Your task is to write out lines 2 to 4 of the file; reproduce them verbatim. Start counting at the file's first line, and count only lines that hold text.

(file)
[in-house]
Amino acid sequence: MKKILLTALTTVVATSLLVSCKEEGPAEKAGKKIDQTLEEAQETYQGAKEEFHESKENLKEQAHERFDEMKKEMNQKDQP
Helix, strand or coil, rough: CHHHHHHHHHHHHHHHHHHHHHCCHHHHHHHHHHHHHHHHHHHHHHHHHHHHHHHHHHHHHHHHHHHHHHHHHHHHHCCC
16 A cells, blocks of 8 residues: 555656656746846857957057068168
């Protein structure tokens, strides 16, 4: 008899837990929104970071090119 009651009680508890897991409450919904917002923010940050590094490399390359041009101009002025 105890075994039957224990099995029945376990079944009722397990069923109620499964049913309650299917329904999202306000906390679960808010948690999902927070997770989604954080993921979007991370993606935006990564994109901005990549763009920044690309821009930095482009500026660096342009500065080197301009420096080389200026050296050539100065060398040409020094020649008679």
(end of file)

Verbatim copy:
Amino acid sequence: MKKILLTALTTVVATSLLVSCKEEGPAEKAGKKIDQTLEEAQETYQGAKEEFHESKENLKEQAHERFDEMKKEMNQKDQP
Helix, strand or coil, rough: CHHHHHHHHHHHHHHHHHHHHHCCHHHHHHHHHHHHHHHHHHHHHHHHHHHHHHHHHHHHHHHHHHHHHHHHHHHHHCCC
16 A cells, blocks of 8 residues: 555656656746846857957057068168